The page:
Grey Gardens (1975) | Criterion Collection UK

March 23rd, 2016
Author: Meredith Taylor

Director.: Ellen Hovde, Albert Maysles, David Maysles, Muffie Meyer

Documentary with Edith Ewing Bouvier Beale and Edith Bouvier Beale | 94 min | USA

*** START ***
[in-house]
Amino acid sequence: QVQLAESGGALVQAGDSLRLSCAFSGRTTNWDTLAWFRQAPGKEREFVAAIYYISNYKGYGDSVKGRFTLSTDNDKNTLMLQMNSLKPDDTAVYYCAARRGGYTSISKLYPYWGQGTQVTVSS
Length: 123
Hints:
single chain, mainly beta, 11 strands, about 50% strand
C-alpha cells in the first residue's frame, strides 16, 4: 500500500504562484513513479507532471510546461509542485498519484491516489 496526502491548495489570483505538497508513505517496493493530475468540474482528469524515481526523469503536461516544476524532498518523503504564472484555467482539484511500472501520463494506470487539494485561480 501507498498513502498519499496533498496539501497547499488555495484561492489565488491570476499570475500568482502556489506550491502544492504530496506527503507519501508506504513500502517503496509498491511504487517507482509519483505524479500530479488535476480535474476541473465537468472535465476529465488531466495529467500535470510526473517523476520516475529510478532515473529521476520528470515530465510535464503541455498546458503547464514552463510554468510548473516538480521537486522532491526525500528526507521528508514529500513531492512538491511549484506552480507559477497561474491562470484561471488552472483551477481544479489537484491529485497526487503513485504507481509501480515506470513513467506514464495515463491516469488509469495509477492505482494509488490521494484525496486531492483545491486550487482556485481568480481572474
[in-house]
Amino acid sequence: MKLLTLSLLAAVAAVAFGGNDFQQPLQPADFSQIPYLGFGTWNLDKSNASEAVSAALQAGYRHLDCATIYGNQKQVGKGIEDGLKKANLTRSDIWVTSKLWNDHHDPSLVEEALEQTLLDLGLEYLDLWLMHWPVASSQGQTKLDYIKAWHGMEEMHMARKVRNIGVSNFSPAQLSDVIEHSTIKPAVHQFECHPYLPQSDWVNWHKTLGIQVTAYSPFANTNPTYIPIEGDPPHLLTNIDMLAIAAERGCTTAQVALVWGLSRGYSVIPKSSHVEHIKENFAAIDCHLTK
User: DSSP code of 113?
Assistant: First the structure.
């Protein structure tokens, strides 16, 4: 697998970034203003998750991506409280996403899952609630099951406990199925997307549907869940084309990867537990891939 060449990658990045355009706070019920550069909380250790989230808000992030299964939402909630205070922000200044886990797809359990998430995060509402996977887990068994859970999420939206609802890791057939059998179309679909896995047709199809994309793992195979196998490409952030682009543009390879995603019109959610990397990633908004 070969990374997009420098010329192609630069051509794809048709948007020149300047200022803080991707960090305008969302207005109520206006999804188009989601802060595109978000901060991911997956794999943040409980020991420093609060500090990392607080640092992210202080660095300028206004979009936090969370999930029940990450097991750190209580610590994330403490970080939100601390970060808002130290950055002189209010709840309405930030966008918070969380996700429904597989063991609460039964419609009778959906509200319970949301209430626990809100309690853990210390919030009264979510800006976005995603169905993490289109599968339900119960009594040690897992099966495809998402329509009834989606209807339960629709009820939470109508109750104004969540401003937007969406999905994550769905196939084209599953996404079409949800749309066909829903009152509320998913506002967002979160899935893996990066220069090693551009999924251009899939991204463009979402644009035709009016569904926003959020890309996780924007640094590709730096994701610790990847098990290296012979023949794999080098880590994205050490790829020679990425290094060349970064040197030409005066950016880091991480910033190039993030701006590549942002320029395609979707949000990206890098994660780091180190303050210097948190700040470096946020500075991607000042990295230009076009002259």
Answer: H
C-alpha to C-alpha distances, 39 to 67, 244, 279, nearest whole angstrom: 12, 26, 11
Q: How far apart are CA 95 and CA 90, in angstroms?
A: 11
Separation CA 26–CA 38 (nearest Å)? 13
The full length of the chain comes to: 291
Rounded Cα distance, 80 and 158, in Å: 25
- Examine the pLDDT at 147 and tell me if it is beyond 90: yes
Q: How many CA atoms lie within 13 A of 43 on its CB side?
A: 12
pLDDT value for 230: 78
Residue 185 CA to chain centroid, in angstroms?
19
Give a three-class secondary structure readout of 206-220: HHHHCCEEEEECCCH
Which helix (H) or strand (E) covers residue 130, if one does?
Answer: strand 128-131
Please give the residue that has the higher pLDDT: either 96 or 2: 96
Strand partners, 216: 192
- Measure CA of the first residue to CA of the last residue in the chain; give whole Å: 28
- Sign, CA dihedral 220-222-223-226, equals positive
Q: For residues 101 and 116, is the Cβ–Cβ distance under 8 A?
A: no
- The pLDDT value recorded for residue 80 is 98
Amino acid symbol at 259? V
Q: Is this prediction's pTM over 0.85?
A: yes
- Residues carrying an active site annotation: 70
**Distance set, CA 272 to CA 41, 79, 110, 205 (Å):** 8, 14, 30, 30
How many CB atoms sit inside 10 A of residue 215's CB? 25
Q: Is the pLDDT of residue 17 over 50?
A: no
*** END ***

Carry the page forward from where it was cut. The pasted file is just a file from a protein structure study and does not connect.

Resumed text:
In 1973, Lee Radziwill, sister of Jackie Kennedy-Onassis, invited the filmmakers Albert and David Maysles to a 28 bedroom house in East Hampton to meet Edith Ewing Bouvier Beale and her daughter Edith; respectively the aunt and niece of the widowed First Lady. This film was later confiscated by Radziwill, but the Maysles returned two years later to shoot an extraordinary portrait of two co-dependent women living, by choice, in utter poverty – a real life Miss Haversham and her daughter. “Big Edie” Beale pursued an amateur singer career and had a beautiful voice (we hear her sing), she also claims to have been very happily married with three adorable children – but after 14 years together, she separated from her husband Phelan Beale when little Edie was 14, retaining the big house a block from Atlantic Avenue. Although Jackie Onassis had previously paid for a clean-up which involved, amongst other things, the removal of over a thousand bags of detritis from the Radziwill’s property – which otherwise would have been declared unfit for habitation – four years on, the place is still an unsavoury hovel resembling a set from Whatever Happened to Baby Jane. “Big Edie”s eccentric daughter “Little Edie” (56) is seen wearing a variety of head scarves (due to alopecia totalis) and giving refuge to pet racoons while her pampered cats roams all over the place. After separation, Edie and her daughter became elective dropouts, and continually talk about young Edie’s suitors which purportedly included Howard Hughes and Paul Getty. Their past is wistfully discussed but a not as paradise lost. Young Edie breaks into song and dances frequently and perpetually chants the same rhetorical refrain “When am I going to get out of here?”. Immersion instead of intrusion, the hallmark of the Maysles Brothers works perfectly in this pristine restoration – a portrait of performing artists who made a virtue of their squalor and but failed to avoid fame.


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